Legal

Brisbane-based burger chain under fire from McDonald’s over ‘Big Pac’

Matthew Elmas /

McDonald's Big Mac

A McDonald's Big Mac. Source: AAP/Richard B Levine.

A stoush between a Brisbane-based burger business and global fast-food giant McDonald’s has forced the former to ditch one of its new products.

Burger Urge, a premium fast-food chain started by Sean and Colby Carthew in 2007, will pull a recently launched Alpaca burger dubbed the ‘Big Pac’ from its restaurants tomorrow after McDonald’s issued it a cease and desist notice earlier this week.

McDonald’s was none too pleased with the burger, which it claims infringes on its iconic Big Mac trademark.

The burger itself bears a resemblance to the Big Mac, although the patties are Alpaca meat, rather than beef.

This is simply a marketing stunt to leverage our well-established and iconic brand. We have no issue with the burger itself, however, the name and promotion are infringing on our trademark by clearly mirroring our famous Big Mac,” a McDonald’s spokesperson said in a statement.

Burger Urge has decided to comply with McDonald’s request, but mainly to “keep the peace”, as the business is worried it doesn’t have access to the same team of lawyers McDonald’s may throw at it.

“At the request of McDonald’s legal team, we will be pulling the Big Pac from sale at 5pm tomorrow (Friday),” a Burger Urge spokesperson said.

“We continue to maintain that nobody in their right mind could possibly confuse our premium alpaca burger with a McDonald’s product, but we’re happy to capitulate in order to keep the peace.”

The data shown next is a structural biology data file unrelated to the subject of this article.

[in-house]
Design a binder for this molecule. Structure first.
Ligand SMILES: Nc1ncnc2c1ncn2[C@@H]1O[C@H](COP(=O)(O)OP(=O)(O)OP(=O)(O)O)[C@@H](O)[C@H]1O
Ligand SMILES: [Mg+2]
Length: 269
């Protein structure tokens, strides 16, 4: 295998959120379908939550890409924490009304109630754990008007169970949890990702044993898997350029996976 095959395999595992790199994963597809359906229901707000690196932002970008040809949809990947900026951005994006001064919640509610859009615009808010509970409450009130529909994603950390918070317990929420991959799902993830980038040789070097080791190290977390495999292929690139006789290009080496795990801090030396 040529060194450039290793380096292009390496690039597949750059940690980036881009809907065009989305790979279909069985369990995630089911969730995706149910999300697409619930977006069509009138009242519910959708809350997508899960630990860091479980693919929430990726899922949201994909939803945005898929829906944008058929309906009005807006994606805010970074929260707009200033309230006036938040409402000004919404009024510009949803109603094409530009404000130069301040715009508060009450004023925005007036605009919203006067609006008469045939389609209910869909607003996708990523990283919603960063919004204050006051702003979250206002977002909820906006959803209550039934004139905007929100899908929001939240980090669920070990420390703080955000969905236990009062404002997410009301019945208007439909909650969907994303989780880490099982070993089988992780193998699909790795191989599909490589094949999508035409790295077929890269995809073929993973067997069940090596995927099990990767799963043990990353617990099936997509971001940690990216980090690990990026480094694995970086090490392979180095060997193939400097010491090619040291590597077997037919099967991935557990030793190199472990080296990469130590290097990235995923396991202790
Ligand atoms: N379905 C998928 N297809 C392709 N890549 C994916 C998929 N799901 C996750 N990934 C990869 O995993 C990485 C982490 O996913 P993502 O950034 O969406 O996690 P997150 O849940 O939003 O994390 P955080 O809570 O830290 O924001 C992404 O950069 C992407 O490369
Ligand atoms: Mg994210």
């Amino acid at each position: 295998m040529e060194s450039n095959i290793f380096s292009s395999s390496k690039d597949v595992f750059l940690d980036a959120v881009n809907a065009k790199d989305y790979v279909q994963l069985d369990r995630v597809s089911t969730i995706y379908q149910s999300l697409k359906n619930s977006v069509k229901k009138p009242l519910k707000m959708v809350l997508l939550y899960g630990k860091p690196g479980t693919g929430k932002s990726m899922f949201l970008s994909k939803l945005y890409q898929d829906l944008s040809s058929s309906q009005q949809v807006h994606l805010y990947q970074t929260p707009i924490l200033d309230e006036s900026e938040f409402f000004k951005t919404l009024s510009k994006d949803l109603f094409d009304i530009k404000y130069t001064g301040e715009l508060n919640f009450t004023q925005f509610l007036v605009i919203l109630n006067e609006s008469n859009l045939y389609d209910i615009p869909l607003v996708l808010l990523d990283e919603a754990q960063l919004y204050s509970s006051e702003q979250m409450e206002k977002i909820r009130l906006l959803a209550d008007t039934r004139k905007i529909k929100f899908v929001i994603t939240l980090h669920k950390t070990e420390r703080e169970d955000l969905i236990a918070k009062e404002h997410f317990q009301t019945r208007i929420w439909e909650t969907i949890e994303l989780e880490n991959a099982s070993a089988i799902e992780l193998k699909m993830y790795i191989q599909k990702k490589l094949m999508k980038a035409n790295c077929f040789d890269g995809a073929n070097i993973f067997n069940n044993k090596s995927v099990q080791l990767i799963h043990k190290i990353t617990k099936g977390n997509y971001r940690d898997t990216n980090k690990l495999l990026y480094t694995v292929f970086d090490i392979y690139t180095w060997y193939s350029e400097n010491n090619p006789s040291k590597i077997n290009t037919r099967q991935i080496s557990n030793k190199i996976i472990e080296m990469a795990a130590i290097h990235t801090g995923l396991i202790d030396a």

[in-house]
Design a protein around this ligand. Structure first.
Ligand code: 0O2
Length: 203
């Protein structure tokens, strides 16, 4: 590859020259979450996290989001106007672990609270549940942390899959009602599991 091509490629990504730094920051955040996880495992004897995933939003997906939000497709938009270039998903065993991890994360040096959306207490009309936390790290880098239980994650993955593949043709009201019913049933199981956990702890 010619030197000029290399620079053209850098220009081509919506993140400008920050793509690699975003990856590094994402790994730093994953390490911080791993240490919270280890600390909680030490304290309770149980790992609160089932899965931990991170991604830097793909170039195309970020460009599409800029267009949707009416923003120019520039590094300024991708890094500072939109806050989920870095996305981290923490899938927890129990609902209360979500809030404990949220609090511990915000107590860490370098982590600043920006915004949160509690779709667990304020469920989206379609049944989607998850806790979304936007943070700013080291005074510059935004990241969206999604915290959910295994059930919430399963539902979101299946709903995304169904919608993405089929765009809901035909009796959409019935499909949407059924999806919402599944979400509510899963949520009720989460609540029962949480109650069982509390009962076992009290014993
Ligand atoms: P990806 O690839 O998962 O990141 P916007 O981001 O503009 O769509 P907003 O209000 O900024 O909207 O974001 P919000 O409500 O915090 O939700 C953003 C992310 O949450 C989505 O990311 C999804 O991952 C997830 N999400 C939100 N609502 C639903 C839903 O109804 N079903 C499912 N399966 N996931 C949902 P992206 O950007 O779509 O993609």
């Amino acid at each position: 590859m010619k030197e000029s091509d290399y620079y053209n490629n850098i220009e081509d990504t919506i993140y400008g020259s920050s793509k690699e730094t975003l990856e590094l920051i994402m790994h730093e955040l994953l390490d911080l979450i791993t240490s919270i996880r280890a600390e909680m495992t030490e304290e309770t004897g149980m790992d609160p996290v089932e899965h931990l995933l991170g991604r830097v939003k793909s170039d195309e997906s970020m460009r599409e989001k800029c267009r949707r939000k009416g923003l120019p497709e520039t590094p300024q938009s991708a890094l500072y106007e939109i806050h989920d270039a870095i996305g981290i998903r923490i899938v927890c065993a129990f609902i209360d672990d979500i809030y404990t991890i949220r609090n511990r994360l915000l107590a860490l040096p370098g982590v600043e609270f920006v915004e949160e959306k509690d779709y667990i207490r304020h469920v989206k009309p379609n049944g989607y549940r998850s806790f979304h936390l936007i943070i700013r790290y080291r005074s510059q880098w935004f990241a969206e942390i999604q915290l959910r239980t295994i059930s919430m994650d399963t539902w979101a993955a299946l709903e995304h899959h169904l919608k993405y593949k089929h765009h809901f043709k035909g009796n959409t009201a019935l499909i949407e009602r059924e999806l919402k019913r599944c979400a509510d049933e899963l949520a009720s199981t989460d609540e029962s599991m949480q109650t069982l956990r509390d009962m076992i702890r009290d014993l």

McDonald’s looks to protect IP

Speaking to SmartCompany, commercial lawyer Richard Pragnell of Viridian Lawyers says McDonald’s has a solid claim for trademark infringement.

“This strikes me as a relatively clear-cut example of trademark infringement,” he says.

“The fact that the advertisement is humorous is, unfortunately, not a defence.”

Whether or not the product is made with Alpaca meat is also not important in relation to intellectual property law, Pragnell explains, as it’s the name and marketing of the product in dispute.

Pragnell warns businesses need to be careful not to confuse the difference between satirising something, which has a fair use defence, and infringing on a trademark.

So why has McDonald’s been so proactive?

Pragnell says the fast-food giant is protecting itself from having the intellectual property associated with the Big Mac diluted.

“Trademarks need to be able to distinguish their products from competitors and for a trademark to be continually valid over time it needs to continue to distinguish.

“Businesses are at risk of losing their product if it becomes generally used over time,” he says.

For example, if ‘Big Mac’, or similar terms, start being used as a category of burger, rather than something distinct to McDonald’s, the business could lose its trademark over time.

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Matthew Elmas

Matthew is the news editor at SmartCompany.

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